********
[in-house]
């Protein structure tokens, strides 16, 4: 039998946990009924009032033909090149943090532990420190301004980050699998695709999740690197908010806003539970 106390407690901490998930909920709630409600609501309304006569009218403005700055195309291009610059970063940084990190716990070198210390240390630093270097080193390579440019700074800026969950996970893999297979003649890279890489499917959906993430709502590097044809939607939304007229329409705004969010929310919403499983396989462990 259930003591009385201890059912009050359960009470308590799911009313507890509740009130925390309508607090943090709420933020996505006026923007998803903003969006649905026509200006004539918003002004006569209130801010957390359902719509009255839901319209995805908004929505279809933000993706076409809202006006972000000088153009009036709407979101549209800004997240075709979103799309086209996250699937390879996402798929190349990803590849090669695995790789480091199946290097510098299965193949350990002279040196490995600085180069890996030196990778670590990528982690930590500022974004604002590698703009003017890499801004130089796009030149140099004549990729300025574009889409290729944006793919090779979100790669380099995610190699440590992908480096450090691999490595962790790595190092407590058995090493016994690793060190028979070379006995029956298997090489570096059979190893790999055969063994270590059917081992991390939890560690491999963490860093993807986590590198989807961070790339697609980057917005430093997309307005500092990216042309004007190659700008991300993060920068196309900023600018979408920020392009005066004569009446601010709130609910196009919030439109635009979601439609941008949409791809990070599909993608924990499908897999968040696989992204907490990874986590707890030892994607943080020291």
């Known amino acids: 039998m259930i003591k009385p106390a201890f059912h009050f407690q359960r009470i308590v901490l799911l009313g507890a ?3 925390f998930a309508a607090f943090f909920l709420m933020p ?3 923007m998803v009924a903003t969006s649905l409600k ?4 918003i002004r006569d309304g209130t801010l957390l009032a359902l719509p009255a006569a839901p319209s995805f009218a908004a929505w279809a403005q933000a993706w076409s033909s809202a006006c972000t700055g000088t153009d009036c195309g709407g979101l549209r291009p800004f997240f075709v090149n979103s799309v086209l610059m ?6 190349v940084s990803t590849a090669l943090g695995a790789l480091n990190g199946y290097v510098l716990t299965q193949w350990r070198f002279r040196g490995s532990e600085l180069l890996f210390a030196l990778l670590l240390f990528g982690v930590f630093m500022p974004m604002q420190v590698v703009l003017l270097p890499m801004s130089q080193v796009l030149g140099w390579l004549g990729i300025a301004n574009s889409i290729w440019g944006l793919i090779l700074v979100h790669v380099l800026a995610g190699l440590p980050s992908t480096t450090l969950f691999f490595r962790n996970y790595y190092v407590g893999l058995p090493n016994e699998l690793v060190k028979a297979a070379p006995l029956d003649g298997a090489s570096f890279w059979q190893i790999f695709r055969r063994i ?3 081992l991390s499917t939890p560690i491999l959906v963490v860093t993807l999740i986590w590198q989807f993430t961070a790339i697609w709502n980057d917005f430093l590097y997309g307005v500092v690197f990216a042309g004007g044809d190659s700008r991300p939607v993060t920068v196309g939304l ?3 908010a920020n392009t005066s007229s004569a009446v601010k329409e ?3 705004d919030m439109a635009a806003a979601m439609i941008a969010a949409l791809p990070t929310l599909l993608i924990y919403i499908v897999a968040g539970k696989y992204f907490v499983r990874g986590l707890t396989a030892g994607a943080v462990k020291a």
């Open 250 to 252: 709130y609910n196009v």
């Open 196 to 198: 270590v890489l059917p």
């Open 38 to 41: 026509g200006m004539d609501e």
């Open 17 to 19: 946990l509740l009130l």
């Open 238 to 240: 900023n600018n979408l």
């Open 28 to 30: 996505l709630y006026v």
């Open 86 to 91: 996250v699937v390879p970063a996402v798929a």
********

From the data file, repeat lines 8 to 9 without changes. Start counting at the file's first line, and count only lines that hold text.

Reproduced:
């Open 238 to 240: 900023n600018n979408l």
């Open 28 to 30: 996505l709630y006026v």